Those are some of my world’s major locations, as far as I’ve planned things out up to this point. With all of the plot beats generally worked out for my story, I’m especially excited to start using a bunch of them now that I have a spatial awareness of how everything fits together.

Hope you’re interested in seeing some more cool little behind-the-scenes details on my writing like this from here on out.

Now that I’m getting into the book, I’m sure I’ll have a lot more to share.


Featured Image courtesy of Cornelis Danckerts via Wikimedia Commons

Old Fort MacArthur Days: A day of fun, sun and guns for the whole family

Old Fort MacArthur Days: A day of fun, sun and guns for the whole family

Who are these beauties you see above the title here? Why, that’s me and my little sister Alyson, dressed in 1940’s era attire. Both of us outside, at that. What could possibly bring us outside the comfort of our home on such a wonderful afternoon?

Plenty of things, actually. It was a really nice afternoon.

But in this case specifically, we were out and about with my good friend Sam at Old Fort MacArthur Days. Held at its namesake, Fort MacArthur in San Pedro, and spilling into the nearby Korean Friendship Bell, Old Fort MacArthur Days is an annual event where tons of people gather for a weekend to put on their finest displays of historically accurate military and era-specific gear so they can reenact events and educate the public.

Those are essentially the two major selling points of the experience. It’s huge in scale with tons of antiques and goods to sell, and each group has people manning the station that are veritable experts in the field they represent. You can stand around and ask the people in dress anything about the time period they’re dressed for and they’ll more than likely have the answer – and then some.

It’s a hard experience to explain for those who haven’t been, but my family has been going on and off for a long time now, as it’s definitely worth going as much as possible.

One thing the event suffered from this year was a blazing hot sun. For as entertaining as everything was, it was torture standing out in the open for the reenactments and listening to the representatives of the different eras. I can’t imagine what it must have been like standing around in heavy armor or old fashioned dresses and such.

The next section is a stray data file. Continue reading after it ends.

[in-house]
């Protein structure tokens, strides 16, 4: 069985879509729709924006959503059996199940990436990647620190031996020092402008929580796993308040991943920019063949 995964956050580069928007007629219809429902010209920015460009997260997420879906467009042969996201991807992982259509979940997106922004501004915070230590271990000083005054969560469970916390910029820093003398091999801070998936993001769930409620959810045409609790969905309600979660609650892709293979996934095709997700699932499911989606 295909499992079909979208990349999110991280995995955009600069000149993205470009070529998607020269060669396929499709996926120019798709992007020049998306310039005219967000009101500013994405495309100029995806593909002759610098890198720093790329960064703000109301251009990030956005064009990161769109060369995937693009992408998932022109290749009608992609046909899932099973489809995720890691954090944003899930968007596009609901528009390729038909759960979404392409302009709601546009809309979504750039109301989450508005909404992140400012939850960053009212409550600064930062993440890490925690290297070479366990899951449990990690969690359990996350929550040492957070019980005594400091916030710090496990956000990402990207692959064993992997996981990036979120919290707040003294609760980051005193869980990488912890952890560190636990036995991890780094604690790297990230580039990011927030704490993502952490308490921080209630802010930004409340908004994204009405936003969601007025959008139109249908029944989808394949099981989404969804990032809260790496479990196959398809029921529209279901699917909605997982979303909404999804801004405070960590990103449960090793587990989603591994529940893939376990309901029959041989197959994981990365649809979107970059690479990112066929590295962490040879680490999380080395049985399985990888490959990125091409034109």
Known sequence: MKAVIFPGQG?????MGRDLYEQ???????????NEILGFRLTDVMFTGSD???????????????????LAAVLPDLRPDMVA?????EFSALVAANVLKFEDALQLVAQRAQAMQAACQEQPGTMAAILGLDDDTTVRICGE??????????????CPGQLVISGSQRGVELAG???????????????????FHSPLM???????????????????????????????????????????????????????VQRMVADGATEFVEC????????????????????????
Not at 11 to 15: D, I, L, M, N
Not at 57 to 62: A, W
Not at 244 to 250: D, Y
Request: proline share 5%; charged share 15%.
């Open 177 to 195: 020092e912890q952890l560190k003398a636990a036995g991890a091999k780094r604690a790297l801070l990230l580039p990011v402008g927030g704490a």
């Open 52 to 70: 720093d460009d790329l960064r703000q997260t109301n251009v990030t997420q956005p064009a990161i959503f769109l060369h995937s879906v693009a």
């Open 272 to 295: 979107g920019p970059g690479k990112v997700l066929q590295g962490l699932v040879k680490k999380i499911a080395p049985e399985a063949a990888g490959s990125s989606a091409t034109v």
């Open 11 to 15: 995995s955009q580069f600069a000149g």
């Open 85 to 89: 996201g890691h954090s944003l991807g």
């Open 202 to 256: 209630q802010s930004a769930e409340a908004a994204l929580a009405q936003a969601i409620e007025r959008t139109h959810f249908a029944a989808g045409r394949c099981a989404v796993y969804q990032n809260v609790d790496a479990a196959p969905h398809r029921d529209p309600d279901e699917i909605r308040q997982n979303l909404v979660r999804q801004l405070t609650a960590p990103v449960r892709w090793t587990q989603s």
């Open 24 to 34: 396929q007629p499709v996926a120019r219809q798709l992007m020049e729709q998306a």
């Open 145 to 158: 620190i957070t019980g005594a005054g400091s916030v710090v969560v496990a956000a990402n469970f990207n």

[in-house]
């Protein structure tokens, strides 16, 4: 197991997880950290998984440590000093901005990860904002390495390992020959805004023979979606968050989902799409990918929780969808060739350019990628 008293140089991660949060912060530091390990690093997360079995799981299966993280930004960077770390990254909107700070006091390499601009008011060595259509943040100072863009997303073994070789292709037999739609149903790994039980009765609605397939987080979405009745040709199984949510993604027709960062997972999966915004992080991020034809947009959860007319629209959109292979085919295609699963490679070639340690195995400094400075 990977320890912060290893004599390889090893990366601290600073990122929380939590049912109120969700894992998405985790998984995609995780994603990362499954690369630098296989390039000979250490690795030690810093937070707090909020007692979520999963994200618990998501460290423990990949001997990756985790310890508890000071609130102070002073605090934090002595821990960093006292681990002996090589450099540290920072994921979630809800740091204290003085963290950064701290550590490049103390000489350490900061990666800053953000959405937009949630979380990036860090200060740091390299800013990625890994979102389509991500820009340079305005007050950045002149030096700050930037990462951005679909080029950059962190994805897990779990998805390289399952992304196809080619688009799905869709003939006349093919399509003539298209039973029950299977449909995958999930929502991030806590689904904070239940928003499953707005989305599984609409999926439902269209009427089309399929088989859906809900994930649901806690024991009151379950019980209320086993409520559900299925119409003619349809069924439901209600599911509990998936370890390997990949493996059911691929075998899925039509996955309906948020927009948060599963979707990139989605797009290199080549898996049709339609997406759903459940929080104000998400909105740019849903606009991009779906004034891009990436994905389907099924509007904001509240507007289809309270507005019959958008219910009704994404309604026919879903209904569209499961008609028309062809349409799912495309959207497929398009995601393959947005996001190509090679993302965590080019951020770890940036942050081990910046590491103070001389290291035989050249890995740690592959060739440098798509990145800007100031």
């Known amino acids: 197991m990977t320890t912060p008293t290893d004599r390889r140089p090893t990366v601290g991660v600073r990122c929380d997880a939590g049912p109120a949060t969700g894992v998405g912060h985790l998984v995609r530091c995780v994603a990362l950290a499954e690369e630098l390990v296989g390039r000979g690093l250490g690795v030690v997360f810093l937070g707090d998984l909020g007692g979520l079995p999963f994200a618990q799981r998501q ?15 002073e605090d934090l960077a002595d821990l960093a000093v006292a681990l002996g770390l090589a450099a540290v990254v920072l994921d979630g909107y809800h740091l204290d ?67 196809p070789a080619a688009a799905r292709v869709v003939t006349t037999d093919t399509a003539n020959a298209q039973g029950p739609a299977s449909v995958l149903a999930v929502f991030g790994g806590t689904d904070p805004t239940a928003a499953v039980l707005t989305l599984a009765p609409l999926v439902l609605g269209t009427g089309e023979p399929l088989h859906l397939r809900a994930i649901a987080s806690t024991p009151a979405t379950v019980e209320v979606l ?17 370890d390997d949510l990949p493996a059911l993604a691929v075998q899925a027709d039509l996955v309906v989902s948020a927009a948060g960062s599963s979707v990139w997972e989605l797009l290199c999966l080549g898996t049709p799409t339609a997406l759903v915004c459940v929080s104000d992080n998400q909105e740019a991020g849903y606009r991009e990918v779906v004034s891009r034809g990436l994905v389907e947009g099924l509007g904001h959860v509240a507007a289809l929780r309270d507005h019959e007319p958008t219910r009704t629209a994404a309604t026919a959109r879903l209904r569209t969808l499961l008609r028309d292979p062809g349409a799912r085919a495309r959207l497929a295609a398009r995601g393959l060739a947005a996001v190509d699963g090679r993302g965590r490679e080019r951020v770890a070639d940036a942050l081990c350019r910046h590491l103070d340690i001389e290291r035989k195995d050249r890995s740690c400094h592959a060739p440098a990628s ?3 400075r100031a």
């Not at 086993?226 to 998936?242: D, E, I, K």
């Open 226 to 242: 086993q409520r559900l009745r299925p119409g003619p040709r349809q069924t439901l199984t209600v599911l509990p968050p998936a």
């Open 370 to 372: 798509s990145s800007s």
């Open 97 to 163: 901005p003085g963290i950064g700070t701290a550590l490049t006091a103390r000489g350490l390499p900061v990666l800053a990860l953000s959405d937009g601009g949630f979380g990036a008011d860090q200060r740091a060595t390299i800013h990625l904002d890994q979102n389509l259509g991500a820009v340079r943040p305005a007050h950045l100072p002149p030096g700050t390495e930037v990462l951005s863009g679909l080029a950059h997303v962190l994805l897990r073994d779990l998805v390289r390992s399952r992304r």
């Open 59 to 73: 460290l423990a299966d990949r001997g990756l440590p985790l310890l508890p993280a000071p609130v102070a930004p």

Even without bulky clothing, I still managed to burn the hell out of myself out there. You can even tell in the featured image here, the back of my neck is red as it gets. As a result, I’ve been pretty exhausted and uncomfortable most of the afternoon, which is partially why it took until almost midnight to get something out about an event that ended at 4:00 p.m.

Because I’m still exhausted and also fairly lazy, I’m going to take the easy way out on this one and post a slideshow with all the cool pictures I got of all the booths so everyone can get something of an idea of what the event is like.

This slideshow requires JavaScript.

If you like the kind of stuff you see here, I can assure you it’s an even better experience in person. Seriously, I wholeheartedly can’t recommend Old Fort MacArthur Days enough, and implore whoever can go to go next year.

If not for the scale and the educational value, at least for the glorious anachronisms.

Ben Franklin hanging out with Teddy Roosevelt? It’s there. Revolutionary soldiers calling for the death of a fallen gladiator? Got that. Roman children checking out World War II rifles as women in puffy colonial-era dress wander in the background? You know it.

Undoubtedly incredible.



I wanted to add an aside here at the end saying that I also have some pretty great videos showcasing some of the weapon demonstrations, a gladiator fight, the Civil War battle and a cowboy skit.

However, I haven’t been able to get it in a format where I can upload the videos easily yet. It’s actually part of the reason I’ve taken so long to write this, as a matter of fact. Until I figure that out I’m going to leave this here as a reminder that I’ll be adding them in once I do.